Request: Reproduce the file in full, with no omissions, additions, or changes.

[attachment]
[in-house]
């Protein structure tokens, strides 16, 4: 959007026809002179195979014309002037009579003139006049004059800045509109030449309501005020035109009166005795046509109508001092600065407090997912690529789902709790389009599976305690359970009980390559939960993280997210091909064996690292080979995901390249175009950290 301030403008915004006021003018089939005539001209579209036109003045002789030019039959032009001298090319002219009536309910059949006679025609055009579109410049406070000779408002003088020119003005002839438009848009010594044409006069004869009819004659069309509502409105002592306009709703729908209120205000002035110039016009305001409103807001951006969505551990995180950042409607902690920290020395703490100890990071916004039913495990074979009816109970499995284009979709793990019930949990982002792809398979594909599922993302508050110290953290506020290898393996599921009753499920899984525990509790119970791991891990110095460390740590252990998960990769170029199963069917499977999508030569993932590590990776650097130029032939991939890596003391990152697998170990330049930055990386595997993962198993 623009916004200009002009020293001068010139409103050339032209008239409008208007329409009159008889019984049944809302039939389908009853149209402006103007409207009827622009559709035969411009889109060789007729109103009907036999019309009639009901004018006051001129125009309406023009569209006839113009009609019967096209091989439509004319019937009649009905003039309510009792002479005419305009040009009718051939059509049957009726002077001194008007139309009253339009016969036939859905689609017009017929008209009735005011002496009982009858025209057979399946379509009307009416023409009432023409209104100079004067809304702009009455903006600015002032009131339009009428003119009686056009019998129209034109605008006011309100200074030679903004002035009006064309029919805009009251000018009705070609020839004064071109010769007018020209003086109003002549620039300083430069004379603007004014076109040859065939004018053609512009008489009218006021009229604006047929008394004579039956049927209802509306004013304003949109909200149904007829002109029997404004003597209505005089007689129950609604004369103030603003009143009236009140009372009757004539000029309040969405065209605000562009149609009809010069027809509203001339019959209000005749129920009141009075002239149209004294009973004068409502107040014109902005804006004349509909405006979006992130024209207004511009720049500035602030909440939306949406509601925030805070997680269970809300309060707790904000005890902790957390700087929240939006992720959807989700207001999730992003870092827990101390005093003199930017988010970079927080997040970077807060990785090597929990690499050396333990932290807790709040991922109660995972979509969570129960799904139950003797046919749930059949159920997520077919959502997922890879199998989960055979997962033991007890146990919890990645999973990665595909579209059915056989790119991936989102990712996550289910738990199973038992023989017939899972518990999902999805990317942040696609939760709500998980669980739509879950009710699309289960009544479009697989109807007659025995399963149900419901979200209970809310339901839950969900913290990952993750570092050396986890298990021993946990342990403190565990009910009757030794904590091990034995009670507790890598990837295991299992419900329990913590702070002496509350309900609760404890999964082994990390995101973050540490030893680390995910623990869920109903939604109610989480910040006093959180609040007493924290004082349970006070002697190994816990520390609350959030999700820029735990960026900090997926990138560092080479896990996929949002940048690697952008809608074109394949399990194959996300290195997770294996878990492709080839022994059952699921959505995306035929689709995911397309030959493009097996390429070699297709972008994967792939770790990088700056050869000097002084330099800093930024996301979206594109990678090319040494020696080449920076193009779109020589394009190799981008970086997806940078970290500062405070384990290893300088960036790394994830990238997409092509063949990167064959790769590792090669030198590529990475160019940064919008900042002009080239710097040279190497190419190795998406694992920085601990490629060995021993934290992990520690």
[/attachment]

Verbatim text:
[in-house]
């Protein structure tokens, strides 16, 4: 959007026809002179195979014309002037009579003139006049004059800045509109030449309501005020035109009166005795046509109508001092600065407090997912690529789902709790389009599976305690359970009980390559939960993280997210091909064996690292080979995901390249175009950290 301030403008915004006021003018089939005539001209579209036109003045002789030019039959032009001298090319002219009536309910059949006679025609055009579109410049406070000779408002003088020119003005002839438009848009010594044409006069004869009819004659069309509502409105002592306009709703729908209120205000002035110039016009305001409103807001951006969505551990995180950042409607902690920290020395703490100890990071916004039913495990074979009816109970499995284009979709793990019930949990982002792809398979594909599922993302508050110290953290506020290898393996599921009753499920899984525990509790119970791991891990110095460390740590252990998960990769170029199963069917499977999508030569993932590590990776650097130029032939991939890596003391990152697998170990330049930055990386595997993962198993 623009916004200009002009020293001068010139409103050339032209008239409008208007329409009159008889019984049944809302039939389908009853149209402006103007409207009827622009559709035969411009889109060789007729109103009907036999019309009639009901004018006051001129125009309406023009569209006839113009009609019967096209091989439509004319019937009649009905003039309510009792002479005419305009040009009718051939059509049957009726002077001194008007139309009253339009016969036939859905689609017009017929008209009735005011002496009982009858025209057979399946379509009307009416023409009432023409209104100079004067809304702009009455903006600015002032009131339009009428003119009686056009019998129209034109605008006011309100200074030679903004002035009006064309029919805009009251000018009705070609020839004064071109010769007018020209003086109003002549620039300083430069004379603007004014076109040859065939004018053609512009008489009218006021009229604006047929008394004579039956049927209802509306004013304003949109909200149904007829002109029997404004003597209505005089007689129950609604004369103030603003009143009236009140009372009757004539000029309040969405065209605000562009149609009809010069027809509203001339019959209000005749129920009141009075002239149209004294009973004068409502107040014109902005804006004349509909405006979006992130024209207004511009720049500035602030909440939306949406509601925030805070997680269970809300309060707790904000005890902790957390700087929240939006992720959807989700207001999730992003870092827990101390005093003199930017988010970079927080997040970077807060990785090597929990690499050396333990932290807790709040991922109660995972979509969570129960799904139950003797046919749930059949159920997520077919959502997922890879199998989960055979997962033991007890146990919890990645999973990665595909579209059915056989790119991936989102990712996550289910738990199973038992023989017939899972518990999902999805990317942040696609939760709500998980669980739509879950009710699309289960009544479009697989109807007659025995399963149900419901979200209970809310339901839950969900913290990952993750570092050396986890298990021993946990342990403190565990009910009757030794904590091990034995009670507790890598990837295991299992419900329990913590702070002496509350309900609760404890999964082994990390995101973050540490030893680390995910623990869920109903939604109610989480910040006093959180609040007493924290004082349970006070002697190994816990520390609350959030999700820029735990960026900090997926990138560092080479896990996929949002940048690697952008809608074109394949399990194959996300290195997770294996878990492709080839022994059952699921959505995306035929689709995911397309030959493009097996390429070699297709972008994967792939770790990088700056050869000097002084330099800093930024996301979206594109990678090319040494020696080449920076193009779109020589394009190799981008970086997806940078970290500062405070384990290893300088960036790394994830990238997409092509063949990167064959790769590792090669030198590529990475160019940064919008900042002009080239710097040279190497190419190795998406694992920085601990490629060995021993934290992990520690």